Analyzing Evidence: The Thankless Task

Analyzing evidence can be a thankless task. I’ve seen a good number of ghost hunters, as well as whole teams, give up on paranormal investigation simply because of the overwhelming task of reviewing evidence. There have been countless times I have been sitting in my studio reviewing hours of footage and audio of a case I was sure would yield great evidence, only to feel like I wanted to quit in frustration. If we're honest with ourselves (and our teams), good evidence is rare. And, the more equipment you use, the more boring the review process is going to be. But, anyone who is serious about paranormal investigation knows that it’s simply a task to be endured. To that end, when you find something you cannot logically explain, it’s all worth it.

At the core of any good investigation are going to be good investigators. If you want the task of analyzing your collected data to suck less, you and your team must be better in the field. Debunking events on site, identifying issues before the investigation, and taking good notes as things happen is critical to the process. Due diligence during the investigation cuts down the number of things that you need to analyze, cross-reference, and examine from multiple angles. If your team has a habit of overacting to things, talking over each other during EVP sessions, and are generally disorganized, whoever is tasked with reviewing evidence is going to run into more than a few frustrating issues. The first step to being better at reviewing evidence has more control during the investigation. Make a plan and stick to it. Take notes and work out as much of the debunking process as humanly possible on site to keep from wasting time on events that may have a simple answer.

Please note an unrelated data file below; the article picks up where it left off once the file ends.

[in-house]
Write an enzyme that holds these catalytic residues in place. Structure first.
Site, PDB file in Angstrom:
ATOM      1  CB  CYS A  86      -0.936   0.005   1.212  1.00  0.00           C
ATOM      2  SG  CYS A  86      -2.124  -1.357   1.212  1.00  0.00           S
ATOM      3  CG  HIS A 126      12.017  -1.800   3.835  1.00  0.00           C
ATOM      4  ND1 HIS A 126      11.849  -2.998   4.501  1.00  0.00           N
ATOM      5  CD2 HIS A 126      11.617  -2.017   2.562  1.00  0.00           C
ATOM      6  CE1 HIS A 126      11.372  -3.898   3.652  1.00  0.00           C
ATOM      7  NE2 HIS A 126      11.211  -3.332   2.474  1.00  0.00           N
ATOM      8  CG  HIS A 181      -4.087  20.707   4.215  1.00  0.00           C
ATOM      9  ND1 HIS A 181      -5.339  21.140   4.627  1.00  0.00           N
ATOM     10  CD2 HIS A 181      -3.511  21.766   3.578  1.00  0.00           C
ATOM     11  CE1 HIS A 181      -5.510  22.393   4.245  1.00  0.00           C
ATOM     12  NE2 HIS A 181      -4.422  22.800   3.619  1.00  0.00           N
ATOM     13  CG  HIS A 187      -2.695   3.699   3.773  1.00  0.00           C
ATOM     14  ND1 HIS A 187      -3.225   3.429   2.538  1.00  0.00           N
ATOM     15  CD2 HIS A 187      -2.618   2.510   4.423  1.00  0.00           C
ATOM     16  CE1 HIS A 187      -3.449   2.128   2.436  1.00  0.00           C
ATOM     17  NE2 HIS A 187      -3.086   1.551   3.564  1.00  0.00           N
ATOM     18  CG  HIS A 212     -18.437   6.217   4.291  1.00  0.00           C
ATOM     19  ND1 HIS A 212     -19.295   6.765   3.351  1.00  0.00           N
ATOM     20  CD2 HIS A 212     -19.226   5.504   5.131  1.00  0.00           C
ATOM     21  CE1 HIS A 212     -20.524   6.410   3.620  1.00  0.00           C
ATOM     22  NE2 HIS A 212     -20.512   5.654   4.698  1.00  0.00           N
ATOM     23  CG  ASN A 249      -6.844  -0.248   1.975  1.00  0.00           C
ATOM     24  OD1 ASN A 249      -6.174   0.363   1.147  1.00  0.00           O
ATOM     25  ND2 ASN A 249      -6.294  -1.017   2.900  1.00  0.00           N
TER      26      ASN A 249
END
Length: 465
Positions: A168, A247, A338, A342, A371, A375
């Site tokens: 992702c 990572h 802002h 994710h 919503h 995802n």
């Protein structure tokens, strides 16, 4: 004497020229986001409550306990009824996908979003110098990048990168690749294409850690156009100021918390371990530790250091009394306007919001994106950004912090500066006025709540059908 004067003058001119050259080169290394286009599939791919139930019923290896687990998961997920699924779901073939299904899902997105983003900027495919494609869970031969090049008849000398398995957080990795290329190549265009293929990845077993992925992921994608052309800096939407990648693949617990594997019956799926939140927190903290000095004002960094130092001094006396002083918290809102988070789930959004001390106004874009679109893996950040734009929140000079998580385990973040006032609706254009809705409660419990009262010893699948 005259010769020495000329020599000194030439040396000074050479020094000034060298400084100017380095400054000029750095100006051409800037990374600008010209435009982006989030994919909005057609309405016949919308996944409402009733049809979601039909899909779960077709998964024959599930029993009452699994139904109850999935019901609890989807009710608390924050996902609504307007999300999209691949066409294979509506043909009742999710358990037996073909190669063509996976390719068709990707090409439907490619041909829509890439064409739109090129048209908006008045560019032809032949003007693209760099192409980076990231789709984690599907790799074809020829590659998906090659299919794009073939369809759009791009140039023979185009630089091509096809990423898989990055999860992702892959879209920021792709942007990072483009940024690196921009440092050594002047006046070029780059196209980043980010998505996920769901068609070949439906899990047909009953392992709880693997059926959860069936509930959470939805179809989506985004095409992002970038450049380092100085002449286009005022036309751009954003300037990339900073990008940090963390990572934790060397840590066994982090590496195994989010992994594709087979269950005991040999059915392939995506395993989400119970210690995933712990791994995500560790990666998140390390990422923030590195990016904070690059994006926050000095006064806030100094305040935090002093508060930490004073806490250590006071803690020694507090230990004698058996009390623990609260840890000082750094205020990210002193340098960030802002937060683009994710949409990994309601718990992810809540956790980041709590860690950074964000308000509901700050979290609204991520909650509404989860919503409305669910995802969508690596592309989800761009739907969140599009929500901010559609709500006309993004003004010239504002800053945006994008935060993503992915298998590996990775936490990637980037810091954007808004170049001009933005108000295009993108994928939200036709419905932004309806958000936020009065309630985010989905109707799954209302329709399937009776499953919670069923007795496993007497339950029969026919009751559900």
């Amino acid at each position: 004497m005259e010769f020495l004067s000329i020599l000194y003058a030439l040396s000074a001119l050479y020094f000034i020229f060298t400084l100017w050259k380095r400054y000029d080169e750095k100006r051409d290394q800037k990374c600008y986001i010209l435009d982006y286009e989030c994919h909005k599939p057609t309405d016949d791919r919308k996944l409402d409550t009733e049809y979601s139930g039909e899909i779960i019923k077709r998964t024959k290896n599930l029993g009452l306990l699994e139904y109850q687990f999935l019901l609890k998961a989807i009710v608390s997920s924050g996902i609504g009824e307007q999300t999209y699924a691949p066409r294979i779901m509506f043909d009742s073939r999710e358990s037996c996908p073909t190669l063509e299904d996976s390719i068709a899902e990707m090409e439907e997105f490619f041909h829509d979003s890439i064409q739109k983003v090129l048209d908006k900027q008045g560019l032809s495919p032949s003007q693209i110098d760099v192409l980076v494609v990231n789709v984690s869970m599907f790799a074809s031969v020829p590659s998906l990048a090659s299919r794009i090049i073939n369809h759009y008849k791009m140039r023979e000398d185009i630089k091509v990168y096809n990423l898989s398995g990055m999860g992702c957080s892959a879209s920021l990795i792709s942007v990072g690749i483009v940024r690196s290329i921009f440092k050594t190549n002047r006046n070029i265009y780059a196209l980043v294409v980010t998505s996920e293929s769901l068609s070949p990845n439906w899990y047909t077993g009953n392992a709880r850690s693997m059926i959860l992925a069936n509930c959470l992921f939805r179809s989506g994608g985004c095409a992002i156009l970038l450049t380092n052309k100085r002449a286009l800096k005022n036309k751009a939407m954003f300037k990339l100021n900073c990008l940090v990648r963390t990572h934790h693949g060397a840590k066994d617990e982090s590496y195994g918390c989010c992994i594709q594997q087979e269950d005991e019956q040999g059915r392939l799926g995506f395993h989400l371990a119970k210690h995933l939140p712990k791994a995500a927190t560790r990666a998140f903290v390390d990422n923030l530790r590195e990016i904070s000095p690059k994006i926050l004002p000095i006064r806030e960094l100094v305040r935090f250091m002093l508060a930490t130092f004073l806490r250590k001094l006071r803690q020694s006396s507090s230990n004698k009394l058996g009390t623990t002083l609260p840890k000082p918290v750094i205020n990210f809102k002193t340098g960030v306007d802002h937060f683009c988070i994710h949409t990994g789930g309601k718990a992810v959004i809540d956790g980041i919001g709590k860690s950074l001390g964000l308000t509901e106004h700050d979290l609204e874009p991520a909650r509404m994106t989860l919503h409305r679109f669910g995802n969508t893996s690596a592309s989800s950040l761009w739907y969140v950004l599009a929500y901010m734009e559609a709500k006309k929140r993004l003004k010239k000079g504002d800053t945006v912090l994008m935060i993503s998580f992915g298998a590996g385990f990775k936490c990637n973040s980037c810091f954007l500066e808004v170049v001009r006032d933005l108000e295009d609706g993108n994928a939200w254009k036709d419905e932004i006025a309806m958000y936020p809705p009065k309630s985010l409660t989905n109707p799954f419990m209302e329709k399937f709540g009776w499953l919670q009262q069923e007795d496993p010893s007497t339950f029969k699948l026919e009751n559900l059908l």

Second, and on the same page as previously noted, being more organized before starting your analyzation is paramount. Whatever you have, be it video footage, audio, pictures, or simply just notes. Organize it in a manner so that it is easily cross-referenced. I find it best to create separate folders for each type of data. Then, I name them so that they will appear in chronological order along with location or device callout. This is important because when you catch something on one device, you will want to immediately look at what other devices recorded during that same section of time. This will become a much faster process if you can quickly find the files you’re looking for without having to open each one. This also makes it easier to check sections of footage that you have flagged in your investigation notes. This one little step can save you hours of time later and keep you from having to sit through useless stretches of audio and video.

With everything organized, you will find, that there is simply no way of getting around having to watch the footage and listen to the audio. Start from the beginning of the investigation and get going. Take notes as you watch and if you think you have found something, jot down the time it happens, the file name, and what you think you caught. Then, keep going. Don’t skip around yet, just get through the first file. If there’s a section of something going on that you were able to debunk on-site or took previous notes on; skip ahead. Once you’re finished, cross reference your notes with footage and audio from the same time period. See if you caught it on another device, or if an alternate device reveals the source. Work through the files one by one until you have visited everything on your list. When that’s finished move on to the next section of time and work the same way. Working in this organized manner will not only help the review portion of your investigation go by a little faster, but it will help you better identify legitimate evidence.